Money20/20 Europe 2019 round-up
This year, Money 20/20 brought about tons of interesting stuff. Among the talks about innovation, open banking, and the importance of investing in cybersecurity, there were plenty of cynics, quirky new features, and other not-so-popular trends and opinions that have flown a bit under the radar.
In this feature, we will try to cover the scattered list of topics that won’t make it past 140 characters online. For a more thorough coverage on the main topics in this year’s conference, be sure to check out our previous coverage!
Facial scan payments
Undoubtedly, Net’s FacePay was one of the features that raised a lot of eyebrows. In its demo area, Nets staff encouraged the delegates to do a pretend-shopping of the faux groceries they had on display. Once their shopping basket was full, they had to take it to the pretend-till, and by resting it on the counter, the system read each chip glued onto every faux banana and faux orange.
The next step was to smile to the camera. Net’s tech recognises the user’s face with remarkable accuracy, and asks for a confirmation PIN to complete the payment.
As it is, the system doesn’t really reduce the friction that we encounter when paying with contactless. But the future Nets imagines is such where shoppers can pick up their shopping and exit without goring through the till, as the system will automatically recognise which products they have picked and who they are, automatically validating the payment.
With big open data plans, come big cybersecurity concerns. “The next crisis will be a cybersecurity crisis,” is the title of one of the panels at the event.
Will open banking be a threat to cybersecurity? The long and short of it is that no, not really, because open banking or not, we should all be in a cybersecurity state of alert. Yes, you read that right, cyber doom is inevitable. That’s why there was no shortage of recommendations to prepare for the worst, and make sure recovery is possible.
In the meantime, artificial intelligence (AI) and machine learning (ML), as we have mentioned in other Money20/20 Europe 2019 reports, are the most likely solutions to our problems. There wasn’t a single person in the audience who disagreed with this statement.
And more interesting than picturing a saviour, is the possibility of seeing these technologies be actively applied to fraud, financial crime, and many other applications. This encompasses a theme that we have seen running throughout the event: use cases are happening now, and the theorising about how this tech might help in the future is a talk of the past.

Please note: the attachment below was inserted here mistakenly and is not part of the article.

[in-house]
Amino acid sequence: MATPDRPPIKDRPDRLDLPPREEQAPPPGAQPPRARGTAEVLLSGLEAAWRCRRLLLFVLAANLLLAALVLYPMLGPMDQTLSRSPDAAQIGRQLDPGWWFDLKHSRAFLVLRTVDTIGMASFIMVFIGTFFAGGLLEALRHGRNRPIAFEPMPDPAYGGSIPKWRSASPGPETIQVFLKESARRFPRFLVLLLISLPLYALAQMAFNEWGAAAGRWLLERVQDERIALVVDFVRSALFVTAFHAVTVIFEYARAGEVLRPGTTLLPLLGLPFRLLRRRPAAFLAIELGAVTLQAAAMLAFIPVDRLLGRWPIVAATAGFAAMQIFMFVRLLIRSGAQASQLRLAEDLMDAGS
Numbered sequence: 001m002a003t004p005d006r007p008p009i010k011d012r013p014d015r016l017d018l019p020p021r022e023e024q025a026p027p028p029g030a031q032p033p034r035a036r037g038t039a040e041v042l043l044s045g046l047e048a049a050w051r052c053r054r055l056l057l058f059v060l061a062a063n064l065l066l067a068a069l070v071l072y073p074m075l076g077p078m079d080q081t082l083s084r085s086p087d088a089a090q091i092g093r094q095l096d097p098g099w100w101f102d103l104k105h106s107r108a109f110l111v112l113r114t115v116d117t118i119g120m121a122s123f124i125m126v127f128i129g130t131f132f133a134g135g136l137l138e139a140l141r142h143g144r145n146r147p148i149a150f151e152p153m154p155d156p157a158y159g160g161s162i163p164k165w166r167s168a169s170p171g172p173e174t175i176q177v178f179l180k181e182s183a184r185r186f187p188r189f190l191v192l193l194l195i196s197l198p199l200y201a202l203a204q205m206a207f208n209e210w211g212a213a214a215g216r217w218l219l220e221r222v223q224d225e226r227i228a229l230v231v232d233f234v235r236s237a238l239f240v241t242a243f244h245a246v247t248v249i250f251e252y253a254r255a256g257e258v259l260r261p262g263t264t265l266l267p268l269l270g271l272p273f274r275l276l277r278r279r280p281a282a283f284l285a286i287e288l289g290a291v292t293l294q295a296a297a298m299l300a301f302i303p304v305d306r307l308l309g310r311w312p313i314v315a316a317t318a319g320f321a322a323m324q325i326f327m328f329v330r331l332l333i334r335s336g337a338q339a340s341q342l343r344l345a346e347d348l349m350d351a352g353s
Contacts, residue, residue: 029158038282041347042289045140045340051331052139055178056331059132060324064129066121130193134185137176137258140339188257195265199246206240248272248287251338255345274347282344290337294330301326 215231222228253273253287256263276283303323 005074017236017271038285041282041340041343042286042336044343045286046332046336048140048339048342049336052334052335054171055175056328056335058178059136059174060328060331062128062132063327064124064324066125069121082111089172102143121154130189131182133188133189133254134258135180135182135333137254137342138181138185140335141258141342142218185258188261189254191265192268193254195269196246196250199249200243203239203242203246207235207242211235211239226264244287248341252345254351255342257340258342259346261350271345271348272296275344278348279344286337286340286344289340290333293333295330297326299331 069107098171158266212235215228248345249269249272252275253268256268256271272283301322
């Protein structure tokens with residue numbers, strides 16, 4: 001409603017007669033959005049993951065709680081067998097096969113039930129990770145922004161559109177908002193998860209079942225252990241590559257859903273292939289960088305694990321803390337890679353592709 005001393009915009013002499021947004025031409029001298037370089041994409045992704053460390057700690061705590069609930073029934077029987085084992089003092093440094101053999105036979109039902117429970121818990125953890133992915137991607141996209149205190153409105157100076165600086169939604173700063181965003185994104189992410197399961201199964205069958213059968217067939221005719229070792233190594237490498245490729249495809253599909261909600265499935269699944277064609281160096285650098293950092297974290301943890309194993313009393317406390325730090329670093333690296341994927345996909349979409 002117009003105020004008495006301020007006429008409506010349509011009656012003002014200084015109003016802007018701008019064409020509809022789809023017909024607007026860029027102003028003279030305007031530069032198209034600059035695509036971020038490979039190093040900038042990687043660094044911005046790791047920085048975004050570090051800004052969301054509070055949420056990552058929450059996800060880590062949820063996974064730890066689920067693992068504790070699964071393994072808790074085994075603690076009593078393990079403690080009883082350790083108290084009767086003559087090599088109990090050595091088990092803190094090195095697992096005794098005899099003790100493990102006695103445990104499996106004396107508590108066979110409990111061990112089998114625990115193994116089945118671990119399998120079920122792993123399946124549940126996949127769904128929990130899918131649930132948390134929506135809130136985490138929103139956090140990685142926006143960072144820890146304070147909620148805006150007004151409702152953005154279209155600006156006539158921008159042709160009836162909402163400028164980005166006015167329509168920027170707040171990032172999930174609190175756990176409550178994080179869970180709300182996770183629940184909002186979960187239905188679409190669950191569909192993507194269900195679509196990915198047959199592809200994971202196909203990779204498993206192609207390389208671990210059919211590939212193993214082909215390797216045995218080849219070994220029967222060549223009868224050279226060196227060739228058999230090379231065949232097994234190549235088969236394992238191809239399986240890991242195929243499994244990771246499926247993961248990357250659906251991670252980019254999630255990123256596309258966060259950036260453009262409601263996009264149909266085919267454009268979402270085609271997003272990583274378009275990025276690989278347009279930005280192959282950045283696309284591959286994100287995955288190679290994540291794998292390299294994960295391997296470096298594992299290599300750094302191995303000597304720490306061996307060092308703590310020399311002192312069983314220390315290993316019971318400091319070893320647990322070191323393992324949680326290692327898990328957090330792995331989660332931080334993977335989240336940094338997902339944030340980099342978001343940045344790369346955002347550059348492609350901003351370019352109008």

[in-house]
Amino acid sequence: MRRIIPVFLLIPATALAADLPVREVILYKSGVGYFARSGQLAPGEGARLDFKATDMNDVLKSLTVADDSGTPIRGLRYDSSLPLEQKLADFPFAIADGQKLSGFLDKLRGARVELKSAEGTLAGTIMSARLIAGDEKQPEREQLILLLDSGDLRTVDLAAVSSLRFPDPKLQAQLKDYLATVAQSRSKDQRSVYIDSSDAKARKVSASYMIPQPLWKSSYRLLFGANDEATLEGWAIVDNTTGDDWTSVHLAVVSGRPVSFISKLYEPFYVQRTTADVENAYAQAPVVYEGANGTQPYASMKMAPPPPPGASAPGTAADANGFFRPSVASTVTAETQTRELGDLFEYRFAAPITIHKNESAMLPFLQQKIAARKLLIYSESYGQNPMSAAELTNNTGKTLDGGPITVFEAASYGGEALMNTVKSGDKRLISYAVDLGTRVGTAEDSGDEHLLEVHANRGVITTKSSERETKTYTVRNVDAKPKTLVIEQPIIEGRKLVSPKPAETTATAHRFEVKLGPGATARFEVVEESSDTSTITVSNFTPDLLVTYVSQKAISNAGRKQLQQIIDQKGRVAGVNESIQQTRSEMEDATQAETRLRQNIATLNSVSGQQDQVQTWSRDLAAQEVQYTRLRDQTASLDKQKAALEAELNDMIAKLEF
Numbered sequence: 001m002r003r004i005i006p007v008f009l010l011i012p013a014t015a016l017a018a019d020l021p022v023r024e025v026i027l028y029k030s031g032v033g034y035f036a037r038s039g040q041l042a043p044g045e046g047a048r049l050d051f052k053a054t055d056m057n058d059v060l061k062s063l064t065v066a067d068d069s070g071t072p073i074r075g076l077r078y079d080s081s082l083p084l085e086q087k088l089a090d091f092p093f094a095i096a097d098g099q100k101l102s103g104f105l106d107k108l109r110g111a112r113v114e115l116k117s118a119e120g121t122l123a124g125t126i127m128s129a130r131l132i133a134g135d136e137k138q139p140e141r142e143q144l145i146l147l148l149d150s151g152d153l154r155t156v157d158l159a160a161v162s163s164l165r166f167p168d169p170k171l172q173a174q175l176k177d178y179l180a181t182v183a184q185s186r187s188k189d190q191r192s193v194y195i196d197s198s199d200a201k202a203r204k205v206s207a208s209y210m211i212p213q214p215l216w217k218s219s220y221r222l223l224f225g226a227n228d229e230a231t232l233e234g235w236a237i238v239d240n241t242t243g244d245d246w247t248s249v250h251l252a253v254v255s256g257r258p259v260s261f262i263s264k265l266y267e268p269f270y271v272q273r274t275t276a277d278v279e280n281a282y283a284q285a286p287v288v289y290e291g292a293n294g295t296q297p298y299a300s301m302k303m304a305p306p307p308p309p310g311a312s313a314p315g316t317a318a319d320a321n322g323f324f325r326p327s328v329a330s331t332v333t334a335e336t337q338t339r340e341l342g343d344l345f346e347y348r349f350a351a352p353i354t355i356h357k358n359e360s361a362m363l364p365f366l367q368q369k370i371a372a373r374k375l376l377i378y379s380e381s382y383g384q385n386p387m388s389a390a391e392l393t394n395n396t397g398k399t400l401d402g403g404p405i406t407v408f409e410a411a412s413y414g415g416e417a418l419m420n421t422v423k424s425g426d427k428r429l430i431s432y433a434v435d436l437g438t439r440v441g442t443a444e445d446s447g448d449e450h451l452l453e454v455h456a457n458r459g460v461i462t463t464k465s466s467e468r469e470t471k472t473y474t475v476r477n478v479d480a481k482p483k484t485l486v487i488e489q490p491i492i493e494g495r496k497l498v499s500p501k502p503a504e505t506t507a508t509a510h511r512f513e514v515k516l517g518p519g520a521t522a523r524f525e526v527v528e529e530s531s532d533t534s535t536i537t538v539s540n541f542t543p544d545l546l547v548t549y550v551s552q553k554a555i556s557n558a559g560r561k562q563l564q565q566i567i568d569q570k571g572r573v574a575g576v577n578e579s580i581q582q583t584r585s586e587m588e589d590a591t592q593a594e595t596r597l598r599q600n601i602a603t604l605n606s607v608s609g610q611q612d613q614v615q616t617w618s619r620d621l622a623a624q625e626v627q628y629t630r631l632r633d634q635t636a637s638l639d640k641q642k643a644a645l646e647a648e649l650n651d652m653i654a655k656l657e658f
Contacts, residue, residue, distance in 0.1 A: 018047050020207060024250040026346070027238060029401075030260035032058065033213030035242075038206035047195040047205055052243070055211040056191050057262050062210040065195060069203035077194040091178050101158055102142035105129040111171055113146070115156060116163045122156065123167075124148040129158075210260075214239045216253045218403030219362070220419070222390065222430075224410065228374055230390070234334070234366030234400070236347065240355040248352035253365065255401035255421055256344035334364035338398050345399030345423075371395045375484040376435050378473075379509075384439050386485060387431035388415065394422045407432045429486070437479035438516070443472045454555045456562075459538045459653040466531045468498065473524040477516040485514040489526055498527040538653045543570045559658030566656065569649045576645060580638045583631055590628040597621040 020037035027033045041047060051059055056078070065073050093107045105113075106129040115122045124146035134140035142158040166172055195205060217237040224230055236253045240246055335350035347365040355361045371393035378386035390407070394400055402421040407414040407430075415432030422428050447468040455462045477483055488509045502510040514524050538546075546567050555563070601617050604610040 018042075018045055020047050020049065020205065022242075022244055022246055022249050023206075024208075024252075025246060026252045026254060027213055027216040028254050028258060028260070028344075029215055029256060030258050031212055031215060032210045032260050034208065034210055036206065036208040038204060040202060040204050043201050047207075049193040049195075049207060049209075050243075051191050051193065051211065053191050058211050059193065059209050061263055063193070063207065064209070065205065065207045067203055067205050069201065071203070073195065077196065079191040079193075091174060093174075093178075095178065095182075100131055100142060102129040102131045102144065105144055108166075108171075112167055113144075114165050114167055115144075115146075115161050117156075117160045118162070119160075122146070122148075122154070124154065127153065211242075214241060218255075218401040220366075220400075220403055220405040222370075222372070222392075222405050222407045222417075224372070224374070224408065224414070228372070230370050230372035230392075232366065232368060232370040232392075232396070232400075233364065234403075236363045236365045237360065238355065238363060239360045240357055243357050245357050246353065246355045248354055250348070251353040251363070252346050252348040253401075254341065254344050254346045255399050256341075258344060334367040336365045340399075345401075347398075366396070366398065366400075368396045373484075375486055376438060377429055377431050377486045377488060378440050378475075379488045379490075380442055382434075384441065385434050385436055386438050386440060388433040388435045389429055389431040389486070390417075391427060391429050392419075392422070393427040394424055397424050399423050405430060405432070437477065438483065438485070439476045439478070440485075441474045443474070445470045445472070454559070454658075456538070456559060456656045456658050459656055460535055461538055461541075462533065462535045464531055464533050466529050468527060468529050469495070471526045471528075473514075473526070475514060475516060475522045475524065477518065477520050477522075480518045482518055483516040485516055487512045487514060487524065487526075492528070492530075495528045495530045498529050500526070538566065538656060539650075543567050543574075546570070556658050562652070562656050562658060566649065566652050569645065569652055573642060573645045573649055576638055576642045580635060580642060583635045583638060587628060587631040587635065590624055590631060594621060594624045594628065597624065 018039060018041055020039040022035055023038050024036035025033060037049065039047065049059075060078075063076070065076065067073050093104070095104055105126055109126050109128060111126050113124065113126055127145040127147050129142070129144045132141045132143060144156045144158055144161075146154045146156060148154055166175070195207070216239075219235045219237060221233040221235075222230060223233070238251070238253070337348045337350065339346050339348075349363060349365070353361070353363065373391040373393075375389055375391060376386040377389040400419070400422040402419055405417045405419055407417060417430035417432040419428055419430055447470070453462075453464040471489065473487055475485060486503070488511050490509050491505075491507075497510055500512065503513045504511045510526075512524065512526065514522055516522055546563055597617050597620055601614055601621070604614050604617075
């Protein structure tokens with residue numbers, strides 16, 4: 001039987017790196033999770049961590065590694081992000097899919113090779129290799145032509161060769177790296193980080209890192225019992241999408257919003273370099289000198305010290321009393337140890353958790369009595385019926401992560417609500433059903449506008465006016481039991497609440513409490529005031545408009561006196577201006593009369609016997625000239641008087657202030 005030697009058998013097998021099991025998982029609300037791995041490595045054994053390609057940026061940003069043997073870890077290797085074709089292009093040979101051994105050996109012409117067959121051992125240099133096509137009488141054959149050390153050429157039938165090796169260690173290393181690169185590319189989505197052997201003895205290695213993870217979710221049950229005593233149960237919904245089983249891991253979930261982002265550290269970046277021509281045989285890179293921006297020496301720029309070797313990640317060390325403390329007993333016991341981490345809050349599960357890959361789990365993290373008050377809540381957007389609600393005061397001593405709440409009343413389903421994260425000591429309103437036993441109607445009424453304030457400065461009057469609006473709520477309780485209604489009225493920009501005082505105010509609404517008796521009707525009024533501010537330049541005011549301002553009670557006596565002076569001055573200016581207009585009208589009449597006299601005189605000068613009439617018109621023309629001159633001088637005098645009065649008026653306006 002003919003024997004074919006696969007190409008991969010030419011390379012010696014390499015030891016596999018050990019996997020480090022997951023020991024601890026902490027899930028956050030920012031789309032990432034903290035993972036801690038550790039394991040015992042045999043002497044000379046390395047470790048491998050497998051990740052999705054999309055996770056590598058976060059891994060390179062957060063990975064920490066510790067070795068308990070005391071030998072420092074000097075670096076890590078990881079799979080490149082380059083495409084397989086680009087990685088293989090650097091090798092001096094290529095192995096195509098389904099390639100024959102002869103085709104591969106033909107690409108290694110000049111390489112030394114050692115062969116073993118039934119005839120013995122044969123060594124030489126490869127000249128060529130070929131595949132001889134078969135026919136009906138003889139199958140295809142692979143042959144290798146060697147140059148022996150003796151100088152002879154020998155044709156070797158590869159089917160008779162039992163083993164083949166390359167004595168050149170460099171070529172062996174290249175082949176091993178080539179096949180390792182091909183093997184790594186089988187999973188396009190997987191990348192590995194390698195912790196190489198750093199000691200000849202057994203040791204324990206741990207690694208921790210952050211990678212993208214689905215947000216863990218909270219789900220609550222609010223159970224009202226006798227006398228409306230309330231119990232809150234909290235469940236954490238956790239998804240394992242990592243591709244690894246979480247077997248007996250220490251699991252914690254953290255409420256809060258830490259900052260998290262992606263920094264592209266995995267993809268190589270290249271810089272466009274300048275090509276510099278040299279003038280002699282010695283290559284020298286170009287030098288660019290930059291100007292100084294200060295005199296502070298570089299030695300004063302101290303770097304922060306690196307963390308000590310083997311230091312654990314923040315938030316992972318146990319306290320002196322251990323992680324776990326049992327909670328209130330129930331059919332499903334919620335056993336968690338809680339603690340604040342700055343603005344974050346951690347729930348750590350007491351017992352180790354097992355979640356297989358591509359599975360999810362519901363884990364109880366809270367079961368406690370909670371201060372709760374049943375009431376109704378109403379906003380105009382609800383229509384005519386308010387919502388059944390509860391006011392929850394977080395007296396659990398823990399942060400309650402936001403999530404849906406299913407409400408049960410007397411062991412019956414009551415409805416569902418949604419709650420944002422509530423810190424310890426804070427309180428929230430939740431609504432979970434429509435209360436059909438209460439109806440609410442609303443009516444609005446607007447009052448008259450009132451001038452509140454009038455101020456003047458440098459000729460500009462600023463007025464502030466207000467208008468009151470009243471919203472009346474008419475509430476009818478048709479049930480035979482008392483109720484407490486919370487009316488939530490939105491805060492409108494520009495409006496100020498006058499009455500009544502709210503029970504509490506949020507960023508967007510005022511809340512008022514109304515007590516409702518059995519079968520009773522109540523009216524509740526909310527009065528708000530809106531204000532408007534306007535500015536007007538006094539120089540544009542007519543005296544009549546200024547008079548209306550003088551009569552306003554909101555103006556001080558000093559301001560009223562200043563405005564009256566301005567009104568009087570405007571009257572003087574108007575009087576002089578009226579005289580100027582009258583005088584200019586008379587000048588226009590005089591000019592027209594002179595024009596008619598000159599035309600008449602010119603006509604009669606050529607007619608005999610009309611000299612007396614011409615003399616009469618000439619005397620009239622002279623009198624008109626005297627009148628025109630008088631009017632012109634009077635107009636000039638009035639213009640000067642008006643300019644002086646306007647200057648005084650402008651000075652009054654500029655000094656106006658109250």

A pinch of cynicism
Ghela Boskovich hosted a light-hearted panel of experts who all had their gripes with our dear industry. And it’s not surprising, as we know that hype and marketing lingo has plagued events for a long time.
Innovation labs, as progressive as they may sound, have proven repeatedly to not be successful in coming up with real-world applications of technology. Despite all the innovation, the fintech industry may be too caught up with imagining a utopic world than actually finding plausible ways to execute it.
And on the topic of fintech, buzzwords didn’t earn that same panel’s favour. Again, this becomes a topic of controversy due to the many hyped up companies and technologies that haven’t yielded returns – at least yet. Think about blockchain, a technology that has faded to the very background at these events.
Undoubtedly, the industry needs more people that are able to “get stuff done”, as the panel put it, and fewer people aggrandising technologies and ideas that are then unable to be put in practice. The time to execute is now, the panel concluded, and “fintech ninjas”, as some job positions denote, are going to take us nowhere.